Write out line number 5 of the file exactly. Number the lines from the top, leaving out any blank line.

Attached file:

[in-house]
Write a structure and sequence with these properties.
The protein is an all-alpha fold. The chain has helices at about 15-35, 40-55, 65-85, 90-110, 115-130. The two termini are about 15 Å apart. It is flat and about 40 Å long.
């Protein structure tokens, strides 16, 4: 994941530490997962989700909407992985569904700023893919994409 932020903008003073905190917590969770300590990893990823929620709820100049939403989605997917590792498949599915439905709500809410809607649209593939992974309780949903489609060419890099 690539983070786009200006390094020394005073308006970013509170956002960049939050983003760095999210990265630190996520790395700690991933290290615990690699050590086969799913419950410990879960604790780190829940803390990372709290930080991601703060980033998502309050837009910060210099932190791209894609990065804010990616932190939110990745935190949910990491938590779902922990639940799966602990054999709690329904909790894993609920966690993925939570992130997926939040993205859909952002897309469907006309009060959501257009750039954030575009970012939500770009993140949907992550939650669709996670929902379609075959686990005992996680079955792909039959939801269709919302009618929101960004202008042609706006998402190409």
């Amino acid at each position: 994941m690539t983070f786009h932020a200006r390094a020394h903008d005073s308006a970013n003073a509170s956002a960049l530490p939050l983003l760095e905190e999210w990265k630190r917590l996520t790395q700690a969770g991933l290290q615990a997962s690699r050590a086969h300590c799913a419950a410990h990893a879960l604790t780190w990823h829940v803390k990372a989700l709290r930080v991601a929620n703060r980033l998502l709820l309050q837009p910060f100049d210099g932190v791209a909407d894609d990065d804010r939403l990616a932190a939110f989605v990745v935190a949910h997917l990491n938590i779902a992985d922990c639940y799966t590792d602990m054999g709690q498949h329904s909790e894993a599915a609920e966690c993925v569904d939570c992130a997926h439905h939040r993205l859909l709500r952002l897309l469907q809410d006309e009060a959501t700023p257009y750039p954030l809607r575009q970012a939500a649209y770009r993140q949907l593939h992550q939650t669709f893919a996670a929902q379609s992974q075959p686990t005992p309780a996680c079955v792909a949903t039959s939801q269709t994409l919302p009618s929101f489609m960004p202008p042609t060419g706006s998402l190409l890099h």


């Amino acid at each position: 994941m690539t983070f786009h932020a200006r390094a020394h903008d005073s308006a970013n003073a509170s956002a960049l530490p939050l983003l760095e905190e999210w990265k630190r917590l996520t790395q700690a969770g991933l290290q615990a997962s690699r050590a086969h300590c799913a419950a410990h990893a879960l604790t780190w990823h829940v803390k990372a989700l709290r930080v991601a929620n703060r980033l998502l709820l309050q837009p910060f100049d210099g932190v791209a909407d894609d990065d804010r939403l990616a932190a939110f989605v990745v935190a949910h997917l990491n938590i779902a992985d922990c639940y799966t590792d602990m054999g709690q498949h329904s909790e894993a599915a609920e966690c993925v569904d939570c992130a997926h439905h939040r993205l859909l709500r952002l897309l469907q809410d006309e009060a959501t700023p257009y750039p954030l809607r575009q970012a939500a649209y770009r993140q949907l593939h992550q939650t669709f893919a996670a929902q379609s992974q075959p686990t005992p309780a996680c079955v792909a949903t039959s939801q269709t994409l919302p009618s929101f489609m960004p202008p042609t060419g706006s998402l190409l890099h």